Author(s): John Barelli; Zachary Schisgal (Assisted by)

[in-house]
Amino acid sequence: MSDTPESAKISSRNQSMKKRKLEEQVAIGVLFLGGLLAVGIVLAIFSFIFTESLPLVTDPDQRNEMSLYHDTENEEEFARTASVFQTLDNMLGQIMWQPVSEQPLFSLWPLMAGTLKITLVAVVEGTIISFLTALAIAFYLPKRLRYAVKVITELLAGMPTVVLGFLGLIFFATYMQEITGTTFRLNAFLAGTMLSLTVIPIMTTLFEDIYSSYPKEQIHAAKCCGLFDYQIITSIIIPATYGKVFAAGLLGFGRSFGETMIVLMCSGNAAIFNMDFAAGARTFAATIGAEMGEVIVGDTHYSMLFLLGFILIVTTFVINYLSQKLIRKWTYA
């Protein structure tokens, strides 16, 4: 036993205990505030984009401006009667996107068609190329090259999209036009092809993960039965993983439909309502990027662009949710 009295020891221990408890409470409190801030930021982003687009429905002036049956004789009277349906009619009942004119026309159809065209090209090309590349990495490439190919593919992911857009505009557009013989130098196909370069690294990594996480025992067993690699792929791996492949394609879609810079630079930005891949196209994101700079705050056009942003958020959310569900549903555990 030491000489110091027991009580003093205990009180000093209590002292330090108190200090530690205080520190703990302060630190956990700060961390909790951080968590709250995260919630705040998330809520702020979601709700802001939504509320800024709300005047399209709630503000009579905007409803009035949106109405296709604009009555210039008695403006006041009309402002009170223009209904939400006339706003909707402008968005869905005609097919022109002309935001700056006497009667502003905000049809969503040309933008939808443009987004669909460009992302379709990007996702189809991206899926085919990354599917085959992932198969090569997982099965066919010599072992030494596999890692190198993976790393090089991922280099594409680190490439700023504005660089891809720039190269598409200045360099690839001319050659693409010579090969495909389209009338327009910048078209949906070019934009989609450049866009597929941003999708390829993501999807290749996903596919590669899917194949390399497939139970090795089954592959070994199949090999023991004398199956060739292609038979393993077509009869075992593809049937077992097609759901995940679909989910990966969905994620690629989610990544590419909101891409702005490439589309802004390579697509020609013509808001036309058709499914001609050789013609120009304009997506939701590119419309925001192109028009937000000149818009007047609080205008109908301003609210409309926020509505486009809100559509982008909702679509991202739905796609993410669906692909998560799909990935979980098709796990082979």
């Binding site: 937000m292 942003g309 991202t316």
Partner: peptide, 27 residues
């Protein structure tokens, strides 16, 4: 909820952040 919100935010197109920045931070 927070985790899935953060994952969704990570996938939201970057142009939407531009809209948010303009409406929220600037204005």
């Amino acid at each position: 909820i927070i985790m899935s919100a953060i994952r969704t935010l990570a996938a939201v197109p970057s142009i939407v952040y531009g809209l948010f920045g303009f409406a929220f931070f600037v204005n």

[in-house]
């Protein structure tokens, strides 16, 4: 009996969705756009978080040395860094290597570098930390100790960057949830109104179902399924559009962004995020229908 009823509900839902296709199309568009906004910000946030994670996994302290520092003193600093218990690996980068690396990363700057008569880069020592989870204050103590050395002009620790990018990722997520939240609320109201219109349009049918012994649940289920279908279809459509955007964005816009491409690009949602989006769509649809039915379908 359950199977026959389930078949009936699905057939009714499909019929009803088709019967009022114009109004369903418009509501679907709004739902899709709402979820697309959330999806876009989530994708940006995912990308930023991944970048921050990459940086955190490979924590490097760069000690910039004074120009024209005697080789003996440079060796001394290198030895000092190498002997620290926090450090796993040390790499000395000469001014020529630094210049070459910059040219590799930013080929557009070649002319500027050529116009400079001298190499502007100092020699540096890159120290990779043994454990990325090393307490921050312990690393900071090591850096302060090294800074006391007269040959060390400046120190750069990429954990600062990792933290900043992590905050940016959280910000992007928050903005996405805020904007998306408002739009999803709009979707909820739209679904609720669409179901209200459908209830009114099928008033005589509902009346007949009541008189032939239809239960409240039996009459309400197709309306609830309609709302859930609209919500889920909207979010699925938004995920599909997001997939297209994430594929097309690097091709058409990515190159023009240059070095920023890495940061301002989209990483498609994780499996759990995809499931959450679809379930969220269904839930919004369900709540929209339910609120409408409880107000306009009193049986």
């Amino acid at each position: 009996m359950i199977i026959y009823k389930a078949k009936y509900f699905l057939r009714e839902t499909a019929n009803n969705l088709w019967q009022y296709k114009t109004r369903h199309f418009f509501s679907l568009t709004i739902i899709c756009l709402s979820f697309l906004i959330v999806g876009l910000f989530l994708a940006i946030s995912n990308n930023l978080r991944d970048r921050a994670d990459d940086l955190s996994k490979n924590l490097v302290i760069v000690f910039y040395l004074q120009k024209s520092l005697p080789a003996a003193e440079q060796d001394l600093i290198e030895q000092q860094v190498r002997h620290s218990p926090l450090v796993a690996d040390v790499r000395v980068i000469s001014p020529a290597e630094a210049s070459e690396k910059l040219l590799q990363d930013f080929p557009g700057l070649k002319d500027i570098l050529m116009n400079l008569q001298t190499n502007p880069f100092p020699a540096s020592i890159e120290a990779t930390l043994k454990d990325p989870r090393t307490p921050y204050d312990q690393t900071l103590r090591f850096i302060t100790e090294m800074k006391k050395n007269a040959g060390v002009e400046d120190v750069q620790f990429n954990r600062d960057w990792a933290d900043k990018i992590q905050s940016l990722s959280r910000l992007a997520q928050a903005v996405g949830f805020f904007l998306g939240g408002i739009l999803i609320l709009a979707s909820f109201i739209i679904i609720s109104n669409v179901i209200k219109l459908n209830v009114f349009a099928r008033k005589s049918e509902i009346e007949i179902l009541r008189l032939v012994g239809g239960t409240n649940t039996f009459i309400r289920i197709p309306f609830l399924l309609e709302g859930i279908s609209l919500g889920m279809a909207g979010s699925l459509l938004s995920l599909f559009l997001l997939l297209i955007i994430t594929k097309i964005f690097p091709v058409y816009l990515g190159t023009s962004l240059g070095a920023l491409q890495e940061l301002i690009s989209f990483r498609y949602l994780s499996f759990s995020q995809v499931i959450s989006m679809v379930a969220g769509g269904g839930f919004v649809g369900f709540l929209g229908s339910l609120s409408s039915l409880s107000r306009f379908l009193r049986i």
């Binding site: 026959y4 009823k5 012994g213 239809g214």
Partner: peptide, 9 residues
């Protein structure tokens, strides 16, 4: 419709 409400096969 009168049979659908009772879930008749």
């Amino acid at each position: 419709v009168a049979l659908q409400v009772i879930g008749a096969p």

When he retired as the chief security officer of New York City's Metropolitan Museum of Art, John Barelli had spent the better part of forty years responsible not only for one of the richest treasure troves on the planet, but the museum's staff, the millions of visitors, as well as American presidents, royalty, and heads of state from around the world. For the first time, John Barelli shares his experiences of the crimes that occurred on his watch; the investigations that captured thieves and recovered artwork; the lessons he learned and shared with law enforcement professionals in the United States and abroad; the accidents and near misses; and a few mysteries that were sadly never solved. He takes readers behind the scenes at the Met, introduces curators and administrators, walks the empty corridors after hours, and shares what it's like to get the call that an ancient masterpiece has gone missing. The Metropolitan Museum covers twelve acres in the heart of Manhattan and is filled with five thousand years of work by history's great artists known and unknown: Goya, da Vinci, Rembrandt, Warhol, Pollack, Egyptian mummies, Babylonian treasures, Colonial crafts, and Greek vases. John and a small staff of security professionals housed within the Museum were responsible for all of it. Over the years, John helped make the museum the state-of-the-art facility it is today and created a legacy in art security for decades to come. Focusing on six thefts but filled with countless stories that span the late 1970s on into the 21st century, John opens the files on thefts, shows how museum personnel along with local and sometimes Federal Agents opened investigations and more often than not caught the thief. But of ultimate importance was the recovery of the artwork, including Celtic and Egyptian gold, French tapestries, Greek sculpture, and more. At the heart of this book there will always be art--those who love it and those who take it, two groups of people that are far from mutually exclusive.